But there’s so much more to think about, and I hope that, out of respect for our children, parents and educators will give this even more thought. Here are a few more things I think we need to think about, whether or not you agree with me….

So students are changing. Is this a bad thing? We’re all changing, and a lot of things around us are changing too, not just technology. 

As for technology, it’s apparently rewiring our brain. The thing is, it always has – since the beginning of time, at least since Socrates, who “started what may have been the first technology scare,” author Jonah Lehrer wrote in the New York Times, referring to the invention of the book.

And our brains are constantly being rewired by all kinds of things, not just technology. “Being online does change your brain, but so does making a cup of tea,” wrote University of Sheffield researcher Tom Stafford at BBC.com.

What hasn’t changed as much as us and our technology is school. So here’s a thought: How about adjusting teaching and school to our changing students, culture, workplace, and society instead of somehow dialing students back to the way our generation learned (in school)?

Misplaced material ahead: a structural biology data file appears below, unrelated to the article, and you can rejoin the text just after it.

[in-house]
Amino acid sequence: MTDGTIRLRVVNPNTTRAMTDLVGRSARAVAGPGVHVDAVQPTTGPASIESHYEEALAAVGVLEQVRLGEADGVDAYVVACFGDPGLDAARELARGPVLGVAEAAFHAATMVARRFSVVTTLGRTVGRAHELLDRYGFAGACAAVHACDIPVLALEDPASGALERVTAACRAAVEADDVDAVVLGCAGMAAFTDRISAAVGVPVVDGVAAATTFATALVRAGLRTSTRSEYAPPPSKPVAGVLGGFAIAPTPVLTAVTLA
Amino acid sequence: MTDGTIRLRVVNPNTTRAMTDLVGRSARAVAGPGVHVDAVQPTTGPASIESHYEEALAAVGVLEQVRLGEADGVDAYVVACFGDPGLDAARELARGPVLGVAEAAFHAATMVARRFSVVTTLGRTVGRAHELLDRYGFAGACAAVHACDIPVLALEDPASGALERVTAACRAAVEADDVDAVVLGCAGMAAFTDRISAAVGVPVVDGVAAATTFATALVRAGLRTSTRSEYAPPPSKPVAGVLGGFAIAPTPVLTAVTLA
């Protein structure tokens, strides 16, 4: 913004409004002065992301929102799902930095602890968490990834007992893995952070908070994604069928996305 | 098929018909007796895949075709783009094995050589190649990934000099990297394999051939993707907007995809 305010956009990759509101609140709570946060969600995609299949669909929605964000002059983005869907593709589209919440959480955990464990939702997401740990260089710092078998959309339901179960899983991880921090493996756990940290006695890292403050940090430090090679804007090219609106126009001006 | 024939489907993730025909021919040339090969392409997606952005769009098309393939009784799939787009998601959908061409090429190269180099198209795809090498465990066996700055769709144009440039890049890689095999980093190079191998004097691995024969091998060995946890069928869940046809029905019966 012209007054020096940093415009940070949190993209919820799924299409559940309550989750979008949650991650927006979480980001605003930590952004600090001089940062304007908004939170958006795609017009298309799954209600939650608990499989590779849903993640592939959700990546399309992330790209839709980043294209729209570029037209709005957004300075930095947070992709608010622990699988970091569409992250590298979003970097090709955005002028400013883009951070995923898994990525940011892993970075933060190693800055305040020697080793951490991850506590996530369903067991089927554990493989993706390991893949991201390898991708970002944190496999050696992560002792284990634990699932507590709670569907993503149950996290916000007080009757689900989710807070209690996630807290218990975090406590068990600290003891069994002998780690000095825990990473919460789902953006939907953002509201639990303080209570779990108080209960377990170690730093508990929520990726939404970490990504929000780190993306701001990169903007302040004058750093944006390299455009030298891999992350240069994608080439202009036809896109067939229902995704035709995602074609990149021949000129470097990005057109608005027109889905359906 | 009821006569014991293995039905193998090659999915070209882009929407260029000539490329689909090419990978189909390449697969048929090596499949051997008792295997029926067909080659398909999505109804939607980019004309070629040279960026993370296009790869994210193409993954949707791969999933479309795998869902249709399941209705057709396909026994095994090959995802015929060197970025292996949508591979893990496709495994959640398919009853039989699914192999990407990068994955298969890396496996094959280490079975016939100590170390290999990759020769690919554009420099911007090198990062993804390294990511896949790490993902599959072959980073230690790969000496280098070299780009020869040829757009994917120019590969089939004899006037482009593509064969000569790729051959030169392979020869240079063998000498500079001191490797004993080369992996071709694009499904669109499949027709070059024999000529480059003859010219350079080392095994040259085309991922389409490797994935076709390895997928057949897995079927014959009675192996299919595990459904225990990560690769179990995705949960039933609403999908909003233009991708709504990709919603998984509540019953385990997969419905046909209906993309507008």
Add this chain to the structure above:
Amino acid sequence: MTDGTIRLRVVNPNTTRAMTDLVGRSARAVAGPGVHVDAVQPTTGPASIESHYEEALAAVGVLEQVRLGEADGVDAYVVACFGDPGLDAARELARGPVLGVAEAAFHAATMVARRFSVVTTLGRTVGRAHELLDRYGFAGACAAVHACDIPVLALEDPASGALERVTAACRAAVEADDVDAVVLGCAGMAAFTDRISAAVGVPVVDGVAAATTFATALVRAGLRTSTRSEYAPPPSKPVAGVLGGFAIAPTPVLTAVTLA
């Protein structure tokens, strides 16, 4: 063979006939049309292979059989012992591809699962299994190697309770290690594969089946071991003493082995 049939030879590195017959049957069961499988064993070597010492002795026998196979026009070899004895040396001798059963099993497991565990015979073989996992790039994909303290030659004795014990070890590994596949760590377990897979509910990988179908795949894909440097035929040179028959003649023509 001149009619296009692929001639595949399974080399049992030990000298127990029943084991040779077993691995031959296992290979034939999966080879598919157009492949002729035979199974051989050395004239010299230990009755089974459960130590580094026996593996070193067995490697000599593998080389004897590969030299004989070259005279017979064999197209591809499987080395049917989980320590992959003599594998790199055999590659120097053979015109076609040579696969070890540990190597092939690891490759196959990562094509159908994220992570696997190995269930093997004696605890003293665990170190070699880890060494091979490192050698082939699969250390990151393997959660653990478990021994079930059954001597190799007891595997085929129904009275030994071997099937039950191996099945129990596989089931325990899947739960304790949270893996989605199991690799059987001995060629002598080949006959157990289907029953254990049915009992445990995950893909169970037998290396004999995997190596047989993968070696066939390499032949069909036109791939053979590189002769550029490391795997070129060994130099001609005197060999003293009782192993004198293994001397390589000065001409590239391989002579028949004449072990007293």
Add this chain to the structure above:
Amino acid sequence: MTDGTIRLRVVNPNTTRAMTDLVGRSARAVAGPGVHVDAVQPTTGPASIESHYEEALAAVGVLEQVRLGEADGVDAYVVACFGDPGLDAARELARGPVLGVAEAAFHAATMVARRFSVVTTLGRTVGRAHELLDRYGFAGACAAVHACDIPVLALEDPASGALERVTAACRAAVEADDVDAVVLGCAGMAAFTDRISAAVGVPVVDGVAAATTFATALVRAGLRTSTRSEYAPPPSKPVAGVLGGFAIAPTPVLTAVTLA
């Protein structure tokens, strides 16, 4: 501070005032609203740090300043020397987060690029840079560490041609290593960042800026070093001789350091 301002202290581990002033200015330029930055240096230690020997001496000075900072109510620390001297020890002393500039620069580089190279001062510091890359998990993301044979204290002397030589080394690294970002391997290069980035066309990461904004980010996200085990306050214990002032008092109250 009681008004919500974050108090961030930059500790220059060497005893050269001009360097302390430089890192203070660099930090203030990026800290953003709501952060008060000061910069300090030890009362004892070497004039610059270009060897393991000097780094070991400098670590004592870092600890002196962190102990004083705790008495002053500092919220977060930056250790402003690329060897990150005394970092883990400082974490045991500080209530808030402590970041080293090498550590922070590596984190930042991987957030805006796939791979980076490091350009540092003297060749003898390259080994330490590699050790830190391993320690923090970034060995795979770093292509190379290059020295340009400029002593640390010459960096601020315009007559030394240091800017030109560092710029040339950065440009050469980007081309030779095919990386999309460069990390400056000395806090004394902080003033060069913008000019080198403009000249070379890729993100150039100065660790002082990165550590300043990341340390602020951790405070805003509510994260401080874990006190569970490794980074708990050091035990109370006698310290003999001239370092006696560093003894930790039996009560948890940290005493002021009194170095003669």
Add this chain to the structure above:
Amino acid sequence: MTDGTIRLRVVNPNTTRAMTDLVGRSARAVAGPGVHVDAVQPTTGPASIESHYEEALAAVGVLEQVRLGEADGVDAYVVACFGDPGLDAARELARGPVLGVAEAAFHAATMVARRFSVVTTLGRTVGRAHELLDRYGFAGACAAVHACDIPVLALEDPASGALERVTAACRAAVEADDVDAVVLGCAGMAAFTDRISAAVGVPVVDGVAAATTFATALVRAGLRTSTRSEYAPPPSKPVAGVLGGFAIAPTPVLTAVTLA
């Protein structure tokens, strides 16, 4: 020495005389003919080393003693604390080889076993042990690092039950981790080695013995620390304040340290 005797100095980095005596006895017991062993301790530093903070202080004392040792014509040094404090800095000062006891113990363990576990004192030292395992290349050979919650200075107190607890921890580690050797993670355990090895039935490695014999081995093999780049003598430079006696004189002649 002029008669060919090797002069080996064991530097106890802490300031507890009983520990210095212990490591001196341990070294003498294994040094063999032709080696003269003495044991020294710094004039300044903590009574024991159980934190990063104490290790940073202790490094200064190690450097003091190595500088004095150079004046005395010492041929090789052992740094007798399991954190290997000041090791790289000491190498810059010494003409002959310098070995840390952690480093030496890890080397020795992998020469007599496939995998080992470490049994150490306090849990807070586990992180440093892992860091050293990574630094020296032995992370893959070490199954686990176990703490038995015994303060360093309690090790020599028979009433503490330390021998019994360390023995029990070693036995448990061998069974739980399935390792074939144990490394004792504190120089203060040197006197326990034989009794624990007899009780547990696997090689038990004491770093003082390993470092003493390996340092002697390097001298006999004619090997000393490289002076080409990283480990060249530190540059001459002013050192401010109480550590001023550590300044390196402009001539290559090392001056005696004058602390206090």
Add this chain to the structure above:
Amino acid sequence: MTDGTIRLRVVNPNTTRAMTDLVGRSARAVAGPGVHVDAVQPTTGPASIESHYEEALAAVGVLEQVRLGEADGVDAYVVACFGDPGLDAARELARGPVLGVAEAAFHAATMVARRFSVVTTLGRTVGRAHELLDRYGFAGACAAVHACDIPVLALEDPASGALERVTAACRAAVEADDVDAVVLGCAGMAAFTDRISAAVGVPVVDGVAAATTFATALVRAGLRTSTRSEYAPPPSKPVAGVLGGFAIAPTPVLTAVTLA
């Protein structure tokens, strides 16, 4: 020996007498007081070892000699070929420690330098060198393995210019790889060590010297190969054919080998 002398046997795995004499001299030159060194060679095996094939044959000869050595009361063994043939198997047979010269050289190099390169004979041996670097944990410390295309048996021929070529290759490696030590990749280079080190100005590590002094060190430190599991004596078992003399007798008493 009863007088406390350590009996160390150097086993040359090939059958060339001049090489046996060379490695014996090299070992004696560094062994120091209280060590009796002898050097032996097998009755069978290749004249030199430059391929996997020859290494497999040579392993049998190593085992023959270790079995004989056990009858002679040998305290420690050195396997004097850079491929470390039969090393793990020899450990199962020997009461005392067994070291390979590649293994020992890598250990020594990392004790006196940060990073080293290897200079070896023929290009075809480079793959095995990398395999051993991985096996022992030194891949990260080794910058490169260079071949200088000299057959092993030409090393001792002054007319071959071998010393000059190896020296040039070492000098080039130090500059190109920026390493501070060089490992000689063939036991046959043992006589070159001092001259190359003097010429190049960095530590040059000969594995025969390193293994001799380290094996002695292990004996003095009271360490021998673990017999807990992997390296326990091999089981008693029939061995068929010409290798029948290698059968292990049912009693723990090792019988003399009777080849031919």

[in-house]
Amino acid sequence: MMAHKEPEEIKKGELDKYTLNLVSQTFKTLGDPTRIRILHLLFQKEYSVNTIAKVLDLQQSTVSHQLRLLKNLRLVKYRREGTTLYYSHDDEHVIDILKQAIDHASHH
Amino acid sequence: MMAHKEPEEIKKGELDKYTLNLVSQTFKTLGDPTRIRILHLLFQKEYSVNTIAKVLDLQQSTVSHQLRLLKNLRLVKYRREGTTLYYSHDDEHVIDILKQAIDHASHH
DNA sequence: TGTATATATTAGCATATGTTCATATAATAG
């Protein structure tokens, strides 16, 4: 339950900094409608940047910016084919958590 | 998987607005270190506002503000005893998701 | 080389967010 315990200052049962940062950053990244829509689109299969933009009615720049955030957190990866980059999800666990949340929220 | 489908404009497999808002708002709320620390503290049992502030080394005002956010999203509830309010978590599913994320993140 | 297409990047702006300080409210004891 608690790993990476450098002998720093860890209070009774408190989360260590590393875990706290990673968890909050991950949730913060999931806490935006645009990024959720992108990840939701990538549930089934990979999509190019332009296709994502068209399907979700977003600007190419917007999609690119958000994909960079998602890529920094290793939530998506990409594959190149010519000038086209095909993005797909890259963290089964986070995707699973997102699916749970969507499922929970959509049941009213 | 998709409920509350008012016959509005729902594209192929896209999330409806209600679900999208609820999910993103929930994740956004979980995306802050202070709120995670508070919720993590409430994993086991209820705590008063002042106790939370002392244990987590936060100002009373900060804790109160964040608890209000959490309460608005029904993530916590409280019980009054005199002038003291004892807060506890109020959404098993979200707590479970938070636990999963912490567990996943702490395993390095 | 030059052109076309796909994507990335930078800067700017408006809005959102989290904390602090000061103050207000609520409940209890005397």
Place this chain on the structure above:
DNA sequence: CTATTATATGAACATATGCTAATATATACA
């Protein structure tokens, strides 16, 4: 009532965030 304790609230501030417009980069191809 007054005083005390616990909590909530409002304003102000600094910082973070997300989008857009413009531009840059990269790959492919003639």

Do we really want to make our children conform to the way students used to be – to the way we used to be? I imagine a lot of adults do want that. But we adults were information consumers and memorizers. They are information hunter-gatherers (as media professor Henry Jenkins put it years ago) who don’t need to memorize anything (it’s all at their fingertips 24/7).

What they need more than anything is to learn how to filter that information, to glean what’s of value. Thankfully, the Pew study indicates teachers really get that part: “Overall, the vast majority of these teachers say a top priority in today’s classrooms should be teaching students how to ‘judge the quality of online information’,” but I hope not just online information!

What students will tell you is that a lot of the information presented at school doesn’t interest them.

Students may have been saying this for generations, but what’s different now is that they are awash in information that is of great interest to them outside of school, and it’s instantly accessible (except at school, if they haven’t gotten around the filtering with their cellphones).